Bobby Merryman '10 is a tri-sport coach who believes in commitment to the game and playing with integrity. He pushes his players to be the very best and is an advocate for organization and honesty. He also is a Norfolk Collegiate alumnus who is extremely excited to return to his alma mater as a coach of the sports which he once played.

Bobby sat down with the Oak Connection to talk organization, coaching multiple sports and how to treat every practice like a game.

What does it mean to you to be selected as the Coach of the Month?

It is something truly special. I take a lot of pride in coaching for Norfolk Collegiate, and I want to make sure the student-athletes are getting the best experience possible.

It’s been noted that you coach multiple sports at Collegiate. How do you maintain the responsibility?

I coach JV soccer, JV basketball and will begin coaching lacrosse in the spring. I really enjoy being around the student-athletes. Organization and honesty are two tools that I use to maintain the responsibility of coaching during three seasons. One thing that I find very interesting is that I might learn something while coaching one sport that I can use in another sport. One important thing that I often stress to students is to be multi-sport, because you may learn things in one sport that you can use in another.

How did you get involved in coaching?

I have always been a leader on each sports team which I’ve played. It is what sparked my interest in becoming a coach. As a player, I usually took on the role of the coach on the field because it came natural to me.

What is your goal for the team this season?

Obviously, as a coach, you expect to compete and win in every game you play. It is important to have this mentality because the players are watching so you cannot show any signs of doubt. My goal is to make sure I am providing the students with my very best every day and to make sure the players are progressing from the first day of the season to the last. There are life lessons that are learned in sports, which cannot necessarily be learned within the classroom.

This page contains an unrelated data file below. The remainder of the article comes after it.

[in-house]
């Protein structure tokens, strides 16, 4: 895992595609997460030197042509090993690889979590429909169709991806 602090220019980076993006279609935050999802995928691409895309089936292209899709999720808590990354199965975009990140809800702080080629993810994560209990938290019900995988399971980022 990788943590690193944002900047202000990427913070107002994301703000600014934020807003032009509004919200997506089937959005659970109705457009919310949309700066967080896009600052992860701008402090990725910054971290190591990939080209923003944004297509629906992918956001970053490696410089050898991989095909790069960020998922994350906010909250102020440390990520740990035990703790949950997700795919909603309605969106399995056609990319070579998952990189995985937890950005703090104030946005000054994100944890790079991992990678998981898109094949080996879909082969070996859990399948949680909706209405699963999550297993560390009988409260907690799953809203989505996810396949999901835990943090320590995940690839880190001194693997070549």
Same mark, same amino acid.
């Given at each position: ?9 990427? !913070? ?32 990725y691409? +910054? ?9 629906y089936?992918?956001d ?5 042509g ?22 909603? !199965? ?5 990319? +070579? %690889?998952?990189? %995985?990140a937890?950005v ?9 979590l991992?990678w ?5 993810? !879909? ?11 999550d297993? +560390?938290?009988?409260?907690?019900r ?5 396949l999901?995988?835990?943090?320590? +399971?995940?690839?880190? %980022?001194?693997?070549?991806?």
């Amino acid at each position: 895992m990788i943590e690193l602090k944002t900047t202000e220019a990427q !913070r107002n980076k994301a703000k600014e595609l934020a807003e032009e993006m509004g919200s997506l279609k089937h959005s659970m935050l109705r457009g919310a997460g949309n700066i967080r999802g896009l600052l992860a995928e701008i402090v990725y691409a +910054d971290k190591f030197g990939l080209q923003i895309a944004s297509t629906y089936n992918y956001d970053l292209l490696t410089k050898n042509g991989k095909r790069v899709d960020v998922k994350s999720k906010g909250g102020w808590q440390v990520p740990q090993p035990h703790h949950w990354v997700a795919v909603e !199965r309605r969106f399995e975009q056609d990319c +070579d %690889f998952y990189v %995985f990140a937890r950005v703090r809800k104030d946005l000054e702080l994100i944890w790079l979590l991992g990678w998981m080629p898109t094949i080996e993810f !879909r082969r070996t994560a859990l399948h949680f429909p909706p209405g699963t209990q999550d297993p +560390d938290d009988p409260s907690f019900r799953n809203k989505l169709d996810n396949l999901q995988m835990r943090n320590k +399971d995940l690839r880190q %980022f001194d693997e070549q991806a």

What lesson do you strive to impart on your students and athletes?

To treat every practice like a game; if students practice as if it’s a game, when game day comes they shouldn't have to change how the game is played. Preparation and attention to detail are the keys to a great game. These things will allow the players to be confident and know they are ready to compete against any team.

Is there a piece of advice that you were given that you try to impart on your athletes?

The best advice I received as a player was to focus and concentrate on the things that I can control. If something is not in your control, then you should not worry about it. Another piece of advice I try to stress is to focus on the next play. If you make a bad play, you can’t worry about it. Student’s have to stay focused and worry about making a better play the next time around. It’s important to always be present and pay attention to what is going on at that very moment.

What is something that people may not know about you?

I have never watched any Star Wars movies. I was not a fan growing up nor have I had the urge to watch the films as an adult. However, I have read all the Harry Potter books and I watched each movie during my sophomore year of college.